Has your profitability come under pressure from having to cut off production for repairs or are you still profitable?
During the war we really suffered a lot of damage. Most of the factories and the infrastructure was damaged because of the continuous bombing from March 2011 to August 2011. Besides this we were also paying over 6,000 employee salaries for the year whilst the plant was completely shut down. After liberation, a lot of our workforce did not come straight back to work. We took a lot of time to resume the production line because we had to do a lot of maintenance. So last year in particular we didn’t actually generate any profit because our production level was very small and we had to pay a lot of money for repairs. I think this year things will be much better and I hope we will generate some profit. Any way the challenge during this transitional period was to keep the company running and to cover, at least, the variable costs.
You mentioned that you are looking for a foreign investor to help you increase capacity, what would be your message to any potential investors, what are the advantages of this investment?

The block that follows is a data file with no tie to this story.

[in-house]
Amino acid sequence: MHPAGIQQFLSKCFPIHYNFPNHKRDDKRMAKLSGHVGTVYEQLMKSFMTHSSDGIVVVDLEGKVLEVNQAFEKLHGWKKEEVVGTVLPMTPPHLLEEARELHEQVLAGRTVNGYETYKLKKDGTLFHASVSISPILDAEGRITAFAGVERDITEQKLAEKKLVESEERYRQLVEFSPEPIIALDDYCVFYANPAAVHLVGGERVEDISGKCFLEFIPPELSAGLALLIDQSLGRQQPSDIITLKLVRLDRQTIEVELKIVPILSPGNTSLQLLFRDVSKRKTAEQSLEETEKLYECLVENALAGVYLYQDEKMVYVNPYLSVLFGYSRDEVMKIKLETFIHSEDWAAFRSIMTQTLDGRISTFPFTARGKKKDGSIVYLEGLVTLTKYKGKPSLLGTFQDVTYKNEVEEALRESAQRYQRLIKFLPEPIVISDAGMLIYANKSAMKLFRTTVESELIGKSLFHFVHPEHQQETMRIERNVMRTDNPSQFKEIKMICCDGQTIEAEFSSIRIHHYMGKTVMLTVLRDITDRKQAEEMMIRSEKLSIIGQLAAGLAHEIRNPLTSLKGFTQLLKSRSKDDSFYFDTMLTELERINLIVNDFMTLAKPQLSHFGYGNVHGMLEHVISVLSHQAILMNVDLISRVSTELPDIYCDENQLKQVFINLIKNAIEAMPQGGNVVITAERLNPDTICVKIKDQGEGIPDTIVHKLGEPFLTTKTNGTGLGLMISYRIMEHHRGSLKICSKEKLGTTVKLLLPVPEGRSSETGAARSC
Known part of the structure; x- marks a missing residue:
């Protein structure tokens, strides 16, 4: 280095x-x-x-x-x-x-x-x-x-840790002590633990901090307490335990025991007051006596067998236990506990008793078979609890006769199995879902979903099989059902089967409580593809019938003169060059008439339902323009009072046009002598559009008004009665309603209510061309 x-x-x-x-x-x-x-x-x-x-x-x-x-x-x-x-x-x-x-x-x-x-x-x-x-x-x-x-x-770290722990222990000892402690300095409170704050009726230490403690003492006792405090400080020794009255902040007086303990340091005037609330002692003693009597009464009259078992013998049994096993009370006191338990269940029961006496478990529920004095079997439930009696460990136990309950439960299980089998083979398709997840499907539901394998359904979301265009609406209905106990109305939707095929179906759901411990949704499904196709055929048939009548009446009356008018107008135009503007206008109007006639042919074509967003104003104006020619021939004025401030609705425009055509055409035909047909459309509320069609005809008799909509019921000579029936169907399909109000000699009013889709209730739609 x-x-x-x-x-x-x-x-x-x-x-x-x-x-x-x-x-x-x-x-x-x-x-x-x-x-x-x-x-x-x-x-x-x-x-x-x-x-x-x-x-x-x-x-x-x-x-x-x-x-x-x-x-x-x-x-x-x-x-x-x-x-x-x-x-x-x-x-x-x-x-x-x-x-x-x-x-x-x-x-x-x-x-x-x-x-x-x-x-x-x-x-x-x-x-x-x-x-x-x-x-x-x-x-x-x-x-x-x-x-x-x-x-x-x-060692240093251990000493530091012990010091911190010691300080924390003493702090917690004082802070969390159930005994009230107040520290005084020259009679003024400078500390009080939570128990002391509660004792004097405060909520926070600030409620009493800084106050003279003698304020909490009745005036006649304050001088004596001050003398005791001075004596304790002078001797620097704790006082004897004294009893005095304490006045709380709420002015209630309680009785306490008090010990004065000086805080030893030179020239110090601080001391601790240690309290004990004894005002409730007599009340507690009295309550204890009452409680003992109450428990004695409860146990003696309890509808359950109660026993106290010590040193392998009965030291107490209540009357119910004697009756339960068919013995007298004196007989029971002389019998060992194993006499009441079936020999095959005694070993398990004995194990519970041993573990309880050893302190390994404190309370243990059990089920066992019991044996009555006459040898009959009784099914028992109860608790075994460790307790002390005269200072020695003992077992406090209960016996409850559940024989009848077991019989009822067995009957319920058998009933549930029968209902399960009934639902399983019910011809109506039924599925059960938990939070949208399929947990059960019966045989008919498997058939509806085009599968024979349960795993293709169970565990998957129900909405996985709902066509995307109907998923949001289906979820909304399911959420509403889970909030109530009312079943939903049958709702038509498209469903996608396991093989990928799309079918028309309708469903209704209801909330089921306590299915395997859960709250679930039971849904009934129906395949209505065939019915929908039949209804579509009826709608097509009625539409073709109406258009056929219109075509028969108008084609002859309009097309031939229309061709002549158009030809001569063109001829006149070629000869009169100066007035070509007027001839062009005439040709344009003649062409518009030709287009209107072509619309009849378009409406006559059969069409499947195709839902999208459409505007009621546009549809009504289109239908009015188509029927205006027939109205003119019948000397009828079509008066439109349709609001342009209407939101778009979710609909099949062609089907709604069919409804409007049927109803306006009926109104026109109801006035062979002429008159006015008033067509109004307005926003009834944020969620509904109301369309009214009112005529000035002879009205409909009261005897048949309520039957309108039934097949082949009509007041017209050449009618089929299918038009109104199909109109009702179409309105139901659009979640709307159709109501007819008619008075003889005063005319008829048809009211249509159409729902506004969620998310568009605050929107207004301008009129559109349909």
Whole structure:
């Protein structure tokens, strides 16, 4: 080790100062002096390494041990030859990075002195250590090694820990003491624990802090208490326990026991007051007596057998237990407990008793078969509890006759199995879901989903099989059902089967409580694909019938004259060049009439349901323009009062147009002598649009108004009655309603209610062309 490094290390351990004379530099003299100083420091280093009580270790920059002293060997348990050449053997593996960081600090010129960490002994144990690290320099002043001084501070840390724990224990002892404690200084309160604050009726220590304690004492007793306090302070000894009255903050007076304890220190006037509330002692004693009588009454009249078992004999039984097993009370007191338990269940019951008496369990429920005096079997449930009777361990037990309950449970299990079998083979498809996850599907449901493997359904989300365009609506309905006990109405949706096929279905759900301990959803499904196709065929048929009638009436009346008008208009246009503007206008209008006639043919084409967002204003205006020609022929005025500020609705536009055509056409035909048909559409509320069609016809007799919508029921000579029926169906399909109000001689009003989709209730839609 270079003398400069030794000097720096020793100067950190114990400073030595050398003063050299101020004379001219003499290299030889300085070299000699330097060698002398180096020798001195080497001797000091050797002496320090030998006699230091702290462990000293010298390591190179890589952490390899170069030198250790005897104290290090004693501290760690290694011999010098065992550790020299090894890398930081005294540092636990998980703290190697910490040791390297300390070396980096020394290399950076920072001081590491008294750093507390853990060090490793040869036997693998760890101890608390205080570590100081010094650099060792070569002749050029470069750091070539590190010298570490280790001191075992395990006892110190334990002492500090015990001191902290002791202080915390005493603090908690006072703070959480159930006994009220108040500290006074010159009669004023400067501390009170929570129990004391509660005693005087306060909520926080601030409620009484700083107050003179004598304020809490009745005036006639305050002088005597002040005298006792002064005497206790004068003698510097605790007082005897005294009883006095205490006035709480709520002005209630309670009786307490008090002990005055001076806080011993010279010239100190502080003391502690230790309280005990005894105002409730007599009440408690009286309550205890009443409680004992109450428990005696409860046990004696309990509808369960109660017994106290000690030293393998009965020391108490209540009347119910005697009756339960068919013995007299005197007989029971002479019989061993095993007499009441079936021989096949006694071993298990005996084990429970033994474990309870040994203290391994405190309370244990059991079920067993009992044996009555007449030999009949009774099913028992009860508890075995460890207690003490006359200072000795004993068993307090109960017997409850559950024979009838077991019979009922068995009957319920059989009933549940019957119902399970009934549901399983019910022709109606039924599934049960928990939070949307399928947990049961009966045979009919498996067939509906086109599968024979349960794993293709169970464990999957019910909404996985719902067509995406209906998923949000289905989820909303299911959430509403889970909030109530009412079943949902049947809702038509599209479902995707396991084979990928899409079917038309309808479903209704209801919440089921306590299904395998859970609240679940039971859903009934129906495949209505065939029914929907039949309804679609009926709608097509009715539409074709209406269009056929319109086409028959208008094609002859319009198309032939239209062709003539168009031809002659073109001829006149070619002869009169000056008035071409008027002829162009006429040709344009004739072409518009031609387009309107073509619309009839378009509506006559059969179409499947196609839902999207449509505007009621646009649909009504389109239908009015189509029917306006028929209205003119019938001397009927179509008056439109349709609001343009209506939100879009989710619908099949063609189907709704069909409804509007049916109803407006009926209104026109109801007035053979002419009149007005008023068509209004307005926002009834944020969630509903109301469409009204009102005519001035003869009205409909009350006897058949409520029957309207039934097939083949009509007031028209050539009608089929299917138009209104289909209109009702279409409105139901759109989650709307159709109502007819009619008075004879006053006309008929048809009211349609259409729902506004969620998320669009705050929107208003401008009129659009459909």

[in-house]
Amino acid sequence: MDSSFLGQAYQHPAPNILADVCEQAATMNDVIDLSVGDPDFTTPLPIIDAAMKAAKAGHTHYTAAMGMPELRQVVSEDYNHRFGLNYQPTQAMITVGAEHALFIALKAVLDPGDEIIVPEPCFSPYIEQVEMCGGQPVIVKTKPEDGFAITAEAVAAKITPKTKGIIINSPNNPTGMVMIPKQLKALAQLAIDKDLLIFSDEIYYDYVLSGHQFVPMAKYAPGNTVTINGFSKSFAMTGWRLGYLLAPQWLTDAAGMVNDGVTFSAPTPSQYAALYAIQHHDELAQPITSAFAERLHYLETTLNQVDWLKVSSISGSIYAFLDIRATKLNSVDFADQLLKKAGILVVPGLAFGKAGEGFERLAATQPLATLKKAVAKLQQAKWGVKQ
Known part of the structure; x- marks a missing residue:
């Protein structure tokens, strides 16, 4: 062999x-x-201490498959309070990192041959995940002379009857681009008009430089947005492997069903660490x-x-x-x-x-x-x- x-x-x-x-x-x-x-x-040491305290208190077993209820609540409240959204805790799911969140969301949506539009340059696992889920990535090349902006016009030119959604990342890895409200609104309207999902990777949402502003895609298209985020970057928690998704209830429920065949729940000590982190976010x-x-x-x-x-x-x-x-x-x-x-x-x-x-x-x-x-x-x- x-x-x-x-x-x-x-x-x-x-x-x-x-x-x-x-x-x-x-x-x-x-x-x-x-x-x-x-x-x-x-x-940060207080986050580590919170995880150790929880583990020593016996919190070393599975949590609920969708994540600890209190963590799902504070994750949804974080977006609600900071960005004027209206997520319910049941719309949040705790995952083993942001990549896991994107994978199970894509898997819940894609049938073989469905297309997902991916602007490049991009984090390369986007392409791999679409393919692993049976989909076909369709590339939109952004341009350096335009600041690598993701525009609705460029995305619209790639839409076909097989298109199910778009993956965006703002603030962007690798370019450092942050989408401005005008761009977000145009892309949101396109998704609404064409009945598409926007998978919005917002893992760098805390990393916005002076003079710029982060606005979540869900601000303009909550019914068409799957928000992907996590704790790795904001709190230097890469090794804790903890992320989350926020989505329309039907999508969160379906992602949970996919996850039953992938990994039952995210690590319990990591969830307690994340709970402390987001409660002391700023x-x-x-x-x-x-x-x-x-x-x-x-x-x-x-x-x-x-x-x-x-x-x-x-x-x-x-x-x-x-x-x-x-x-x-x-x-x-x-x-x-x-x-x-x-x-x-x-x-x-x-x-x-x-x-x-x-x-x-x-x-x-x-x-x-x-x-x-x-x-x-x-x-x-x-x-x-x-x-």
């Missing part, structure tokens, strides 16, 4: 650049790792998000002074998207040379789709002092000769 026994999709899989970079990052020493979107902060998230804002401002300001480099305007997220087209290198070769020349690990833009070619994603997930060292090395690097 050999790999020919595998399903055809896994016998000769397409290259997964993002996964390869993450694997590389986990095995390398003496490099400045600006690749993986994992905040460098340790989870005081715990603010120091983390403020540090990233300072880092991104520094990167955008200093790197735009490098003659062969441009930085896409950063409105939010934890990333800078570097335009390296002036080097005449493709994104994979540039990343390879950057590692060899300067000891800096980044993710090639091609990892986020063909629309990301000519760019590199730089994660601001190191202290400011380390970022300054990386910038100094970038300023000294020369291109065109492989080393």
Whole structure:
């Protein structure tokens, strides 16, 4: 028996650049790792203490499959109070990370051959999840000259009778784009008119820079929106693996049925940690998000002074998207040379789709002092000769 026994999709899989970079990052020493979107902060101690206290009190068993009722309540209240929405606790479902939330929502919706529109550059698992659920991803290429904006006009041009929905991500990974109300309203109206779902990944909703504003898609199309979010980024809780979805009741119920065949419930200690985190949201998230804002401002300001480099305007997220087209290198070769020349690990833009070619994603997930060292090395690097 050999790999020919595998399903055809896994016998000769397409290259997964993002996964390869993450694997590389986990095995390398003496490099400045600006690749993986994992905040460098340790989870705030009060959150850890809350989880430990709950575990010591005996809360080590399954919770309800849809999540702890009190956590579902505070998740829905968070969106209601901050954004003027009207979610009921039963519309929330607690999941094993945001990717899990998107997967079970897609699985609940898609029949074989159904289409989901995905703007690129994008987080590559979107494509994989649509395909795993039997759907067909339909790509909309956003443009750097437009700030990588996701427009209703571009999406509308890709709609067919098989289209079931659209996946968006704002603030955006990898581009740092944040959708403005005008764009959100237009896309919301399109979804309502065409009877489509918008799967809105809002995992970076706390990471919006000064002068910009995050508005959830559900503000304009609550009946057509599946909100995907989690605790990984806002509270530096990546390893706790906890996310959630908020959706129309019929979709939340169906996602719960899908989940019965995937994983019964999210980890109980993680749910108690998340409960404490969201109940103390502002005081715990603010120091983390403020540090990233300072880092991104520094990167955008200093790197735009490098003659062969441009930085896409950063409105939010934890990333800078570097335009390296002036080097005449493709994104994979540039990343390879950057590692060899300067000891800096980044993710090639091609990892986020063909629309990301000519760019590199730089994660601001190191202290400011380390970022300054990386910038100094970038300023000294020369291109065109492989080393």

I would say to foreign investors that firstly the Libyan market is very promising and it is emerging. Secondly I recognise that many foreign investors may be concerned that the country is not very secure yet. However I would tell them that the security level is improving and apart from a few occurrences from time to time in the southern and eastern regions the situation in general is ok. The western region and particularly Misrata has nearly achieved a normal security level. We are receiving, different visitors from different companies from the UK, Germany, Italy, the Arab countries etc. nearly every week. I invite all foreign investors to come to LISCO and Libya and to participate in rebuilding this country and I am sure that soon the security level will be even better than it was during the past regime.
You are based in Misrata which is Libya’s third city and also a hub thanks to its seaport. Can you tell us a bit about Misrata and the role that LISCO plays here as the largest company in the city?
During the revolution, LISCO gave a lot of support to Misrata, as its workshops were of the disposal of the military services. For electrical energy and water, LISCO was the only source, in particular, during the first two months. LISCO as the biggest company in Misrata, will contain supporting Misrata as a part of its social responsibility. Misrata as the third city in Libya comprises the place of several small and medium sized industries mainly those depending on the steel products as primary raw materials.
Misrata’s share during the revolution was at the front and the same will be its share in the construction and rebuilding of Libya.